The truth about reinvesting distributions - it doesn't always pay
Simply reinvesting distributions to benefit from compounding may not be the best strategy
Sixteen years ago when I invested $10,000 in an Australian small companies fund, I was asked if I wanted to have the dividends and capital gains sent to me or have them reinvested in more units in the fund.
I had bought into the fund as a long-term investment so I opted for reinvestment. I believed this would be the most fruitful way to make my money snowball.
But when the fund was wound up recently, I wondered what would have happened if, instead of reinvesting the distributions in this fund, I had taken them as cash and then invested them in the sharemarket, for example, via an index-tracking exchange traded fund.
My strategy of reinvesting in the fund by acquiring more units left me with a final redemption of $31,557. But if I had invested the distributions outside the fund, I would have been left with $34,865 based on the S&P/ASX 200. In other words, I would have been around 10% better off by taking my distributions as cash and then buying an index ETF.
This is hypothetical because small investments in ETFs aren't practical on a continuing basis and I may not have had the discipline and energy to directly manage the investment of distributions.
But it does raise broader questions about the wisdom of casually reinvesting distributions. Does it sometimes pay to take your fund manager's capital gains and dividends out instead of rolling them back into the fund?
What I discovered was that my Australian small companies fund was more high risk than I had thought. It was very actively managed, with high turnover of assets. Some managed funds have a less risky strategy - for example, an indexed share fund spread across the top 200 Australian companies.
While I was hanging onto the good returns of the early years, this didn't mean it would continue to perform well.
My small companies fund had a revolving door of investment managers, too. It started out as a Portfolio Partners fund and when it closed down it was run by a descendant, Antares.
"You do need to review your investments," says Michael Hutton, head of wealth management at HLB Mann Judd. "We use managed funds quite a bit. It's not a set-and-forget strategy - you do need to be across the portfolio."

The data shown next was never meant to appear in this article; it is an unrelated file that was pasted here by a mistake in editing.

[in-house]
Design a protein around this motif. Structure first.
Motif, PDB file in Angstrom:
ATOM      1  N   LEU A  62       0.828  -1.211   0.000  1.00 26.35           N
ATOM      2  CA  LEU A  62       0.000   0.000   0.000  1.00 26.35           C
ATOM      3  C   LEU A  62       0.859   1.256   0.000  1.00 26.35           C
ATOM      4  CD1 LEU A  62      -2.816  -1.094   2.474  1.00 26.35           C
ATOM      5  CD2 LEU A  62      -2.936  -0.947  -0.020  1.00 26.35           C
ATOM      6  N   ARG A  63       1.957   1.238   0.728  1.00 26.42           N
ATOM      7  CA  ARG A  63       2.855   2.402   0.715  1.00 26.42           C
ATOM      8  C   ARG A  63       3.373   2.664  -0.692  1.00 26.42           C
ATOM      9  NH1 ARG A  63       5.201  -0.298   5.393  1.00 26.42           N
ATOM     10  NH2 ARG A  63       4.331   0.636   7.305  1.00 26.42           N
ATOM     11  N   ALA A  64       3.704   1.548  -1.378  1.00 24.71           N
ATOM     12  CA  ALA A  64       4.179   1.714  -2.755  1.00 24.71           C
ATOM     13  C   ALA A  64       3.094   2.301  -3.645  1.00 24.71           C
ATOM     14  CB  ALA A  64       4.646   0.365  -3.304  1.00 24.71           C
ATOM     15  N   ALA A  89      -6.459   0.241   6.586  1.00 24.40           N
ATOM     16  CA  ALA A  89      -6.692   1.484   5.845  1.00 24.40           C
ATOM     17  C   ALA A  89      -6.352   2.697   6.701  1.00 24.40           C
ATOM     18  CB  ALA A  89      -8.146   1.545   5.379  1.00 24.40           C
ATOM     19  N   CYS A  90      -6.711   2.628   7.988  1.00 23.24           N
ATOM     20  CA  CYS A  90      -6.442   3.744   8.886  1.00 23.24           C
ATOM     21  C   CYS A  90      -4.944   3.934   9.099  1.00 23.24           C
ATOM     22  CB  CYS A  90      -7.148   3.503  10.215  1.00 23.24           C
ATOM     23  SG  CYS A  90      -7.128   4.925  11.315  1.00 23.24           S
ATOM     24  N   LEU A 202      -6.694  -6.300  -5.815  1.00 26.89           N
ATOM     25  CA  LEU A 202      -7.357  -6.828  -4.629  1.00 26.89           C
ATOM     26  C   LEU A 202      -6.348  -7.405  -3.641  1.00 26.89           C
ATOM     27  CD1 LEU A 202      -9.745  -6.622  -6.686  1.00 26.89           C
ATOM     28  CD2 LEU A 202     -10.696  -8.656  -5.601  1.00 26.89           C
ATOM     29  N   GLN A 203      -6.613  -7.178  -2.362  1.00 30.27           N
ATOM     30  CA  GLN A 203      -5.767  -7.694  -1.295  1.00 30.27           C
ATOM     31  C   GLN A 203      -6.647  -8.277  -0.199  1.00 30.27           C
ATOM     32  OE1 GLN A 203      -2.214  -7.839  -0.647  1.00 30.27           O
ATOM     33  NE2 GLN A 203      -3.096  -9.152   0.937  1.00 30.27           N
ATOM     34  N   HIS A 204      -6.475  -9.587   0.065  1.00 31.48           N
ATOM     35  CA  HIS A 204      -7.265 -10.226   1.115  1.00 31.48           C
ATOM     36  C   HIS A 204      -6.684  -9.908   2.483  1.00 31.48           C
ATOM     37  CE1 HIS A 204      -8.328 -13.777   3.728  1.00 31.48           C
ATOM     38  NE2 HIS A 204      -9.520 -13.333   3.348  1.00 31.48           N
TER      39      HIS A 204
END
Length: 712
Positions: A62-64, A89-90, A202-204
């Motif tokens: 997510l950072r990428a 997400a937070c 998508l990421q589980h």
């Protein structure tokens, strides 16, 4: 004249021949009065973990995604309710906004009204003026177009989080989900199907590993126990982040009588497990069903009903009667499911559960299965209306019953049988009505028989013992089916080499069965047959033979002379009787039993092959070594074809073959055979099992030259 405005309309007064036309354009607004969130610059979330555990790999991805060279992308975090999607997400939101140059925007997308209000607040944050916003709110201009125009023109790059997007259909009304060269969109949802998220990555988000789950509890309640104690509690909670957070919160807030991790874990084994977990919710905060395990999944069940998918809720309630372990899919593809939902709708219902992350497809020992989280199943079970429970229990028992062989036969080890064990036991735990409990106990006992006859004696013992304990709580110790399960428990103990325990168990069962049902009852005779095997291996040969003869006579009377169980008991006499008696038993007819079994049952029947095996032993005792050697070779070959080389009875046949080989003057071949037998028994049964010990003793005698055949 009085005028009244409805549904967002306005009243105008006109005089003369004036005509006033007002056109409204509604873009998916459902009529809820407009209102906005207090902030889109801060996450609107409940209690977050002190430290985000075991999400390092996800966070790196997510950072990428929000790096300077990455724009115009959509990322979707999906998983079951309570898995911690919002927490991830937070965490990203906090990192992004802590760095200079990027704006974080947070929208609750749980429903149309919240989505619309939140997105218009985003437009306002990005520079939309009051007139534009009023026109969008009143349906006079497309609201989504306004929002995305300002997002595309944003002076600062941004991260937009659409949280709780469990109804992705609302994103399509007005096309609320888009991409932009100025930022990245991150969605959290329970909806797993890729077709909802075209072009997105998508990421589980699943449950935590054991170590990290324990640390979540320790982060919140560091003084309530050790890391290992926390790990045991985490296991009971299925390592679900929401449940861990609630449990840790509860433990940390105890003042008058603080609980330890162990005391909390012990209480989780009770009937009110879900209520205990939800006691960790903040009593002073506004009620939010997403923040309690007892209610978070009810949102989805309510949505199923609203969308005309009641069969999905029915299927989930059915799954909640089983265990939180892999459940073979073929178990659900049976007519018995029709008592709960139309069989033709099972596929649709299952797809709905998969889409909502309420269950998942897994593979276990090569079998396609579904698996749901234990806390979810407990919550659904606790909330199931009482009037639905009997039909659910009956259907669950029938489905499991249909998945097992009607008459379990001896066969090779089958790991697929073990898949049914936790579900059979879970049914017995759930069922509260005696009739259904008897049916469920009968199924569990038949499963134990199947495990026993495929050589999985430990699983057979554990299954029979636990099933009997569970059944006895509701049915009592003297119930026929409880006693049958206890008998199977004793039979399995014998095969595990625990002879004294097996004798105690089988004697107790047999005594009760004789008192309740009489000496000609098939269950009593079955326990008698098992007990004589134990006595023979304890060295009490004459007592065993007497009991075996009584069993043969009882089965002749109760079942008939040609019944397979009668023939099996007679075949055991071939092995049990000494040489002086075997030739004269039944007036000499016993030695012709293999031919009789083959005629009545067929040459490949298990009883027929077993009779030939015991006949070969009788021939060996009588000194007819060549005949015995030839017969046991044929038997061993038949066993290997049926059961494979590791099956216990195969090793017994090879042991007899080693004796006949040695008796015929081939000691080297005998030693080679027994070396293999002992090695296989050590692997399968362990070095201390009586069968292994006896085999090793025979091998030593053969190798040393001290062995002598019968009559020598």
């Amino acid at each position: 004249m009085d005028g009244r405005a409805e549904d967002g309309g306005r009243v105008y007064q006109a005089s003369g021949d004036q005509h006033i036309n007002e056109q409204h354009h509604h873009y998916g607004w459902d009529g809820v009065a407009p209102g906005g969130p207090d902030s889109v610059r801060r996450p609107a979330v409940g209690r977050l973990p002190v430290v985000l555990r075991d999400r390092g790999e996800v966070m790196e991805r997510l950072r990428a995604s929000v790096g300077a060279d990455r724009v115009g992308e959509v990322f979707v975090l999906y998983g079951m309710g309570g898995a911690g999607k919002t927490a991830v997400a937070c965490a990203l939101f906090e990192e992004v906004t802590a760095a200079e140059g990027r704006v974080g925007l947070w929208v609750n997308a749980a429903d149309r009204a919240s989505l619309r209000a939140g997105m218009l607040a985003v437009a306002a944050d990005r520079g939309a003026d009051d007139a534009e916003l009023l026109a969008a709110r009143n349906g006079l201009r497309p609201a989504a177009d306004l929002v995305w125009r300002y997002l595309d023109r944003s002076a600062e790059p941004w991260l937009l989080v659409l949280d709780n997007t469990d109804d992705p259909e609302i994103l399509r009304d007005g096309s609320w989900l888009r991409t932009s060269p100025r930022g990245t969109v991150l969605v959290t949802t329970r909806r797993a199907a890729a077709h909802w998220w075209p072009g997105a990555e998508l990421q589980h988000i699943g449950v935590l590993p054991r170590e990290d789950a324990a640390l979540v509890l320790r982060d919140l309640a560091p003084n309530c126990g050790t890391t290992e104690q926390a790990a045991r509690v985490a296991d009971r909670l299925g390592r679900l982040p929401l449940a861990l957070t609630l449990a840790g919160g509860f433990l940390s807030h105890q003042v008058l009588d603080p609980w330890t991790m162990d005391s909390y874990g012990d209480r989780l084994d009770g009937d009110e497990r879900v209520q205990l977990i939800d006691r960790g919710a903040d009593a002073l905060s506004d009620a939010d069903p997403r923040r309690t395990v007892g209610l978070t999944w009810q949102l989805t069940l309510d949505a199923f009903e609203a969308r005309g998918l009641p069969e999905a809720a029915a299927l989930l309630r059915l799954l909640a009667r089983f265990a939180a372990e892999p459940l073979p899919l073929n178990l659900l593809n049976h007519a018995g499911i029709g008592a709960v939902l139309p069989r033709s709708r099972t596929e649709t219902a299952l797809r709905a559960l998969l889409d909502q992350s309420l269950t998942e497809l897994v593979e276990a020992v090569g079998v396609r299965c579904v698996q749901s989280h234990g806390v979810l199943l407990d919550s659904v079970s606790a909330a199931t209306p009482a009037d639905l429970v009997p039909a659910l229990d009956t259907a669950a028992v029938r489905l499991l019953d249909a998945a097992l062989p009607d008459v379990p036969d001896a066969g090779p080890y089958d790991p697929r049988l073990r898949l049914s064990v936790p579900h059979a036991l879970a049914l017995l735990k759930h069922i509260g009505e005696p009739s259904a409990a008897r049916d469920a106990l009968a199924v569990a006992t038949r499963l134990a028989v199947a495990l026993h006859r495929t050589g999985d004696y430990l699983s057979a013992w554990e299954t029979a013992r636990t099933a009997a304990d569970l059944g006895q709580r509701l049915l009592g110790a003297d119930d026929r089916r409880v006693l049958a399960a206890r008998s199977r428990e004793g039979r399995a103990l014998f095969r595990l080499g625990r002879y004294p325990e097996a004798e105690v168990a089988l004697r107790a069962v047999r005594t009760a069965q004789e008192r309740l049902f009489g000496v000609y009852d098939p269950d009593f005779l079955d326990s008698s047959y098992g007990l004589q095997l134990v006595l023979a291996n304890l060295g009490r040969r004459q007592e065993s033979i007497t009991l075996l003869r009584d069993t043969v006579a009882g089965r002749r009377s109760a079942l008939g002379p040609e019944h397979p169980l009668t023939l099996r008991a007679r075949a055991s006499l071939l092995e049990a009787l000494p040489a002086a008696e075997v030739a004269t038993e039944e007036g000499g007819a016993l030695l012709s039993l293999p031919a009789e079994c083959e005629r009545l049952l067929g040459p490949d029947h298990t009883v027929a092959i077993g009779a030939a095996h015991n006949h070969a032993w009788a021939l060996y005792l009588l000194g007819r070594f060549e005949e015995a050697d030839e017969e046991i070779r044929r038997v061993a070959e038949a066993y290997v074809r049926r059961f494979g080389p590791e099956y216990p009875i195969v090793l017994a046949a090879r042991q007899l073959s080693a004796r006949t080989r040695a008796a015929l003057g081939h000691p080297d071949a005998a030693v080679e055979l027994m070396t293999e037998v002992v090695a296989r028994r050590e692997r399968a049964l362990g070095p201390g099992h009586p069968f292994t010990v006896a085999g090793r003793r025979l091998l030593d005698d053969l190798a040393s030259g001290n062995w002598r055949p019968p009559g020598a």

Does he recommend reinvesting?
"Broadly speaking it is good to get the cash," he says. "It gives you the opportunity to rebalance the portfolio regularly."
For pensioners who need income from their investments and have low tax rates, taking out the distributions certainly makes sense.
But I was in the accumulation phase, acquiring wealth for my long retirement years. Hutton says if investors are accumulating their investments, there are advantages to reinvesting, such as:
- The investing happens automatically and you don't have to actively invest. - There are no entry fees for the reinvested amounts. - You are buying additional shares at various prices in what is called dollar cost averaging. You can average out the price per unit over the long term. - You are compounding your investment's growth by adding more shares that will earn dividends of their own over time.
"If you take out the cash, you need to use it to build up your investments or else it may be spent," says Hutton. "You need to keep your wealth ticking upwards."
If you don't want to add more money to your investment, one of the best ways to make sure you keep your dividends specifically for reinvestments is to put them in a separate account so that when the dividends have built up you can use that money to rebalance your portfolio back to your target allocation at a later date.